'Good Dinosaur': Analyzing Pixar's First Box-Office Disaster

'The Good Dinosaur'
Courtesy of Disney/Pixar

The animated movie looks to top out at $300 million, the first of Pixar's releases to lose money for Disney.

A version of this story first appeared in the Jan. 29 issue of The Hollywood Reporter magazine. To receive the magazine, click here to subscribe.

The Good Dinosaur is facing extinction.

The animated pic, released Nov. 25, now looks to top out at $300 mil­lion globally, worst among Pixar's 16 releases and the first to lose money for the storied animation company and parent company Disney, say sources. (Its $350 million production and marketing budget far outpaces the studio's 50 per­cent or so share of total box office, meaning red ink even after home video and TV sales are included.)

Audiences failed to warm to the story, about the adventures of a young dinosaur and boy who meet in prehistoric times. The good news: Parent company Disney can weather the hit, thanks to a record 2015 year at the box office, capped by goliath Star Wars: The Force Awakens, which has grossed north of $1.8 billion globally to date.

And Pixar’s other 2015 offering, Inside Out, earned an impressive $856.1 million worldwide, the best showing for an original Pixar title and the third best for any Pixar film behind Toy Story 2 ($1.069 billion) and Finding Nemo ($936.4 million), not accounting for inflation.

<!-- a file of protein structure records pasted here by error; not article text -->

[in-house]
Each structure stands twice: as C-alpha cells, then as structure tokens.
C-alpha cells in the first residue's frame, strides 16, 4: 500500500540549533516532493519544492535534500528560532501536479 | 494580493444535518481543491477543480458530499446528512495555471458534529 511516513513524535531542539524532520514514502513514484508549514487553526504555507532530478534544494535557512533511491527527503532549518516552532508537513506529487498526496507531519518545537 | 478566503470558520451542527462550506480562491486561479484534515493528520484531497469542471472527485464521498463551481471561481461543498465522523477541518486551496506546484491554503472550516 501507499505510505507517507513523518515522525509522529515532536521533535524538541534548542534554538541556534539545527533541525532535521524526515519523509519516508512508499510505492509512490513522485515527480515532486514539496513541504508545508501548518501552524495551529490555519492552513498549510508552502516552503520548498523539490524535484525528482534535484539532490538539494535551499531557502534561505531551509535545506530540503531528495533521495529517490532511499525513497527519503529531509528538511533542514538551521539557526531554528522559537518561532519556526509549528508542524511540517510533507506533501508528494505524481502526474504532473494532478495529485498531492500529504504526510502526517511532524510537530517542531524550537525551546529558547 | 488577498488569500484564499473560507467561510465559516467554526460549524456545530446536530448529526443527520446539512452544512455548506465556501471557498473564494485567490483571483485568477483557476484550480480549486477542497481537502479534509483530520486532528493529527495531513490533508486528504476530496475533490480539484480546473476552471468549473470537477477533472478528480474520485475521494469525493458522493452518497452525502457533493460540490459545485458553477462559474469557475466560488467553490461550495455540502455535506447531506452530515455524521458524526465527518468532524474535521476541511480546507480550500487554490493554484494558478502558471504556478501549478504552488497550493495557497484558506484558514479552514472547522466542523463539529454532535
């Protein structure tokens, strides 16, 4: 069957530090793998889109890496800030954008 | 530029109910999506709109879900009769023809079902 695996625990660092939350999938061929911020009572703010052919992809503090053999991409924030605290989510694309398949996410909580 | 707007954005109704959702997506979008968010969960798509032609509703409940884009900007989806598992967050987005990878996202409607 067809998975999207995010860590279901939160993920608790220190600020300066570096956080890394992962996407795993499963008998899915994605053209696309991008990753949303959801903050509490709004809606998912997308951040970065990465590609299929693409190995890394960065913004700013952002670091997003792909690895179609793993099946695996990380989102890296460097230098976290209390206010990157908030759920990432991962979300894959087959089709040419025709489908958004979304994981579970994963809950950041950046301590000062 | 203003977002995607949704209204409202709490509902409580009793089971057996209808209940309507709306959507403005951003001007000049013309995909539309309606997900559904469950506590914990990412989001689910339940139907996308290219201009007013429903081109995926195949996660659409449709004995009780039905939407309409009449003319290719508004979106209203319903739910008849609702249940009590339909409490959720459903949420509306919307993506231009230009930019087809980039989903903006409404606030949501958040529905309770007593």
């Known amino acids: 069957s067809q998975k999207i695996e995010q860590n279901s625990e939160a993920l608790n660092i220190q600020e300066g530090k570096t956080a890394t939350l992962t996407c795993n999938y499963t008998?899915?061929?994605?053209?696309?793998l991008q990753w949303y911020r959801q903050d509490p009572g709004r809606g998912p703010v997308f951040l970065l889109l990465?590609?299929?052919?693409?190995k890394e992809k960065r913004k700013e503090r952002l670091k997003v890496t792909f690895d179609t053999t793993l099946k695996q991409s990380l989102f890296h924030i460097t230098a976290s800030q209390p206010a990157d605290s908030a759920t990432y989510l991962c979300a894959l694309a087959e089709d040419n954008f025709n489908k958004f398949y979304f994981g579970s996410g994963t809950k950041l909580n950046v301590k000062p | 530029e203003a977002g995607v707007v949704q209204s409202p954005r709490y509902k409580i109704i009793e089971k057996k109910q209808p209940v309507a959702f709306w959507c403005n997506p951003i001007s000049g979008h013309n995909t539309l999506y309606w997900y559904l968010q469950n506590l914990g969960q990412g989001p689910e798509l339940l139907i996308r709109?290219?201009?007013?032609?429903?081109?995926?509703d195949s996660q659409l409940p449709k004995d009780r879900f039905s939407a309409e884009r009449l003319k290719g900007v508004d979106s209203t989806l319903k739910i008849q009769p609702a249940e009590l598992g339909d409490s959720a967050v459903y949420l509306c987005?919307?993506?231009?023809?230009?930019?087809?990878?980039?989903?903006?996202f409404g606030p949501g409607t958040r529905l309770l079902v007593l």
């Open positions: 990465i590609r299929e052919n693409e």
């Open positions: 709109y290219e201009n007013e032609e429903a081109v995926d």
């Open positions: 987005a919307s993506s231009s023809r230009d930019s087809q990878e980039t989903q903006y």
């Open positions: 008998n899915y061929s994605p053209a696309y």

Pixar knew Good Dinosaur was headed for trouble in 2013 and brought aboard a new director (Peter Sohn) to replace Bob Petersen, but delaying the film a year didn't work and the budget bal­looned. Still, analyst Eric Handler of MKM Partners says Disney's stock will not be affected: "Star Wars helps to make up for other sins." And Wunderlich's Matthew Harrigan believes Disney will have another banner year in 2016, fueled in part by Pixar's Finding Dory.

The Good Dinosaur is Pixar’s first misfire. It’s not a disaster but certainly a lesson learned for the company. The truth is, they knew a long time ago there were problems. However, it still didn’t fix the fact that this was a story that felt very derivative and contrived by Pixar standards,” says box office analyst Jeff Bock.

"Pixar's films are usually the gold standard when it comes to animation, and that's a difficult perch to attain, and an even tougher place to build your nest indefinitely," Bock continues. "Pixar will lick their wounds, which are really minor scratches, and rebound this summer with Finding Dory, which is one of the handful of films pegged to surpass $1 billion worldwide in 2016."

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